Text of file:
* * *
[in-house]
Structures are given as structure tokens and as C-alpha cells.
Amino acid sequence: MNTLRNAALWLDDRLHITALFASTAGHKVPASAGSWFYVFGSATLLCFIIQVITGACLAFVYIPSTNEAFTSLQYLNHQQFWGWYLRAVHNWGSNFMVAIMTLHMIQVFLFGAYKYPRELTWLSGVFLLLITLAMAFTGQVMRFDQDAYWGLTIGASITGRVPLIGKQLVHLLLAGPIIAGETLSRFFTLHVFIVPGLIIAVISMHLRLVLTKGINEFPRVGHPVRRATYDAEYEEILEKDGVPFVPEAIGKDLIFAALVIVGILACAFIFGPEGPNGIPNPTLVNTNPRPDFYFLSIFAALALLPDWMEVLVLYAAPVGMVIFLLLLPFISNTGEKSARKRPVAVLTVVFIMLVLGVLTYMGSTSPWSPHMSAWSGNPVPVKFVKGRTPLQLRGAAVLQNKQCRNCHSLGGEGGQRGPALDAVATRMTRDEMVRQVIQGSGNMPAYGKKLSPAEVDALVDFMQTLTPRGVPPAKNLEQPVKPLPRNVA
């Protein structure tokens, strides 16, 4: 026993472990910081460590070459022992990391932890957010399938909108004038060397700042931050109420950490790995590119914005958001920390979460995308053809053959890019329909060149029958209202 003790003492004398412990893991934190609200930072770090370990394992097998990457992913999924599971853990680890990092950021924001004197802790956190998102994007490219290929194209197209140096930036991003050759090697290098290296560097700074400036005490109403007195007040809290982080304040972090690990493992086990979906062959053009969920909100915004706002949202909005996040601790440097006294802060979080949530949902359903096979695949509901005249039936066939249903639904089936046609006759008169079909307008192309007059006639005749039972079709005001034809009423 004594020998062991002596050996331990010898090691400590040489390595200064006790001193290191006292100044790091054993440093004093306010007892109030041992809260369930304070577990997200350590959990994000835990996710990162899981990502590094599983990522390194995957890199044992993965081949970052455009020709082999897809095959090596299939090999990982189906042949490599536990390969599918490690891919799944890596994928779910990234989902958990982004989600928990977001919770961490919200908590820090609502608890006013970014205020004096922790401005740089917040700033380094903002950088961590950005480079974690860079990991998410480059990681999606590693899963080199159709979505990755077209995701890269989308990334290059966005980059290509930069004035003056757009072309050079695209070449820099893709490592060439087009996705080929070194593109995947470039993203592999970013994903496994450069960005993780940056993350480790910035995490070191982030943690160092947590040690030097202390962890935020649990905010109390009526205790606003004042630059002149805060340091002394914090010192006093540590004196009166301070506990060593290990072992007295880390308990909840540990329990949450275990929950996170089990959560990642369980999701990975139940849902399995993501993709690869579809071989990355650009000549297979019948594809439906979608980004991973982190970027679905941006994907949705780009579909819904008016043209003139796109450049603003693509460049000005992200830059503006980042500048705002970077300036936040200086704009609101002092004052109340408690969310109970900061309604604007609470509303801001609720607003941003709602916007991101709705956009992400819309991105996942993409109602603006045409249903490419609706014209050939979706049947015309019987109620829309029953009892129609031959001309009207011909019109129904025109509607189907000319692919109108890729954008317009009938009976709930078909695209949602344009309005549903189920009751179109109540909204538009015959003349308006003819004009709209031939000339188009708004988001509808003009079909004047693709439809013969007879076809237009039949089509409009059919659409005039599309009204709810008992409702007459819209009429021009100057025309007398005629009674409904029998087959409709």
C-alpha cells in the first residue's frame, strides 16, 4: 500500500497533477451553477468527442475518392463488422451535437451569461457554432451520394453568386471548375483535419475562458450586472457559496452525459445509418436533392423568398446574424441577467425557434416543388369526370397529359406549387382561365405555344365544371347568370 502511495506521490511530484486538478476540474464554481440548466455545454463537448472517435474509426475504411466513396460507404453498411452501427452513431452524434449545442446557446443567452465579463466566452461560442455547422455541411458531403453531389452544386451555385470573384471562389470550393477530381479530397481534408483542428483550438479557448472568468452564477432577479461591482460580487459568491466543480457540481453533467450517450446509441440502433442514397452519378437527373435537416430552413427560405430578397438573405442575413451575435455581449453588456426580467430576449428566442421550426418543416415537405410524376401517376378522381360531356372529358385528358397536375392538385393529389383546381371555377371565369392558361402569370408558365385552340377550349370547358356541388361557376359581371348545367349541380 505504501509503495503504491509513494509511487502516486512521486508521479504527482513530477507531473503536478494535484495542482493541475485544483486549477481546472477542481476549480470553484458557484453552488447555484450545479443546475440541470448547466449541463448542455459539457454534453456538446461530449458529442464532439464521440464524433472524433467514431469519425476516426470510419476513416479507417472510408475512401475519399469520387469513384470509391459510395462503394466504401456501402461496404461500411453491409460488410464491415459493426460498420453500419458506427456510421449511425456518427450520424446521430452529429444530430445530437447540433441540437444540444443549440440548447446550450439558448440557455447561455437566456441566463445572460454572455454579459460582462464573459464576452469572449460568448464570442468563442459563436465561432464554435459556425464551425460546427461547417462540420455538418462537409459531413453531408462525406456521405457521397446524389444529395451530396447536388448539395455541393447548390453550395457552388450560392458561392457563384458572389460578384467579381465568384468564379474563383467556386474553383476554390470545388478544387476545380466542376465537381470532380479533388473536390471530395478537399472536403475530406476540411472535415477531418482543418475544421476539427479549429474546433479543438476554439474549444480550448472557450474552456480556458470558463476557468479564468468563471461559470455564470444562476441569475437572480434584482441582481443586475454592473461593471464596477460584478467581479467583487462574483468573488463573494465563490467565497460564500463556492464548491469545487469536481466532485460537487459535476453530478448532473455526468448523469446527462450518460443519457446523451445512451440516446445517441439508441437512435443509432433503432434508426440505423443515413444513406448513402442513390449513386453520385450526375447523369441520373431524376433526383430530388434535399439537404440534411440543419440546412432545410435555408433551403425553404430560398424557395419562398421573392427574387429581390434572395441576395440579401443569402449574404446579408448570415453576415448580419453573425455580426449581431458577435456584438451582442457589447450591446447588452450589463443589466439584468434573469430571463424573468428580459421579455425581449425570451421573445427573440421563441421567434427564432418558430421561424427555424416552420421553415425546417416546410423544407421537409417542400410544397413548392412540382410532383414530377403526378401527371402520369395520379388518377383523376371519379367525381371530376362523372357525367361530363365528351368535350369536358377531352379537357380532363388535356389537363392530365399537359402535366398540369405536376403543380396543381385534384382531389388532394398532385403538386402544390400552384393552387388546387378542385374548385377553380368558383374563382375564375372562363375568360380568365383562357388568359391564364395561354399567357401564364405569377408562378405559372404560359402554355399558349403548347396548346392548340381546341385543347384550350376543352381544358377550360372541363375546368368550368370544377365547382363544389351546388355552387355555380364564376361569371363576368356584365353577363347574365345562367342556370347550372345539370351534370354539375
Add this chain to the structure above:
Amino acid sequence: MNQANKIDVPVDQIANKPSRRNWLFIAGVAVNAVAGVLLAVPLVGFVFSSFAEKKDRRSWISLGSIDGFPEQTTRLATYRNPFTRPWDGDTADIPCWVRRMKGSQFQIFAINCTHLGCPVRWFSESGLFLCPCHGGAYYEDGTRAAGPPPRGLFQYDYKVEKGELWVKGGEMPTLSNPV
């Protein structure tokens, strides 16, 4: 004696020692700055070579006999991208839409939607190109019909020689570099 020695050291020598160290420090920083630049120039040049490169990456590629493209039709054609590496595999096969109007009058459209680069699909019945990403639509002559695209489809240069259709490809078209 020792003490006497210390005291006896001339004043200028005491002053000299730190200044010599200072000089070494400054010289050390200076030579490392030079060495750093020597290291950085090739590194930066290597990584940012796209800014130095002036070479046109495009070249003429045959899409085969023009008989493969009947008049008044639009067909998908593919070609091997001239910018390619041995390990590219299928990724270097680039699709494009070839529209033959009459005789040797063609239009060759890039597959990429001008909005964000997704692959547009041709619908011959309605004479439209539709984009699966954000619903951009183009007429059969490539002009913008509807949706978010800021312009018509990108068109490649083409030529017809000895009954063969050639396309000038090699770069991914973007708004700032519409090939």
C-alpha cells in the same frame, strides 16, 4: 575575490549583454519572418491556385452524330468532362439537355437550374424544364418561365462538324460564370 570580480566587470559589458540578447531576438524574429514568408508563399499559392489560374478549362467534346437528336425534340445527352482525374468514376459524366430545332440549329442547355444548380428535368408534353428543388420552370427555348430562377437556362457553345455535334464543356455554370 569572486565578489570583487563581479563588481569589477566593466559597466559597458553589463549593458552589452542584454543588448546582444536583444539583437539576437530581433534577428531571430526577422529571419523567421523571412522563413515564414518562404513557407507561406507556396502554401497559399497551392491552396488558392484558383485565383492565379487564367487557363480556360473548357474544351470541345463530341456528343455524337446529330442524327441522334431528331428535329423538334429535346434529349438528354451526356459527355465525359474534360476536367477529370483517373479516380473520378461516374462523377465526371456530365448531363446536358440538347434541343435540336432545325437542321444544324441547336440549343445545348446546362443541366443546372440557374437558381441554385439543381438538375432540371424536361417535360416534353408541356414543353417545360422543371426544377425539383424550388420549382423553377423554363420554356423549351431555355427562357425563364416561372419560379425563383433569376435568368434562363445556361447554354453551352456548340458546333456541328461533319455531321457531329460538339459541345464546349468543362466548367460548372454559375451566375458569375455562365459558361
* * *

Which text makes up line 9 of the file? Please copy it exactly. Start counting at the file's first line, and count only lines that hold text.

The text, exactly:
C-alpha cells in the same frame, strides 16, 4: 575575490549583454519572418491556385452524330468532362439537355437550374424544364418561365462538324460564370 570580480566587470559589458540578447531576438524574429514568408508563399499559392489560374478549362467534346437528336425534340445527352482525374468514376459524366430545332440549329442547355444548380428535368408534353428543388420552370427555348430562377437556362457553345455535334464543356455554370 569572486565578489570583487563581479563588481569589477566593466559597466559597458553589463549593458552589452542584454543588448546582444536583444539583437539576437530581433534577428531571430526577422529571419523567421523571412522563413515564414518562404513557407507561406507556396502554401497559399497551392491552396488558392484558383485565383492565379487564367487557363480556360473548357474544351470541345463530341456528343455524337446529330442524327441522334431528331428535329423538334429535346434529349438528354451526356459527355465525359474534360476536367477529370483517373479516380473520378461516374462523377465526371456530365448531363446536358440538347434541343435540336432545325437542321444544324441547336440549343445545348446546362443541366443546372440557374437558381441554385439543381438538375432540371424536361417535360416534353408541356414543353417545360422543371426544377425539383424550388420549382423553377423554363420554356423549351431555355427562357425563364416561372419560379425563383433569376435568368434562363445556361447554354453551352456548340458546333456541328461533319455531321457531329460538339459541345464546349468543362466548367460548372454559375451566375458569375455562365459558361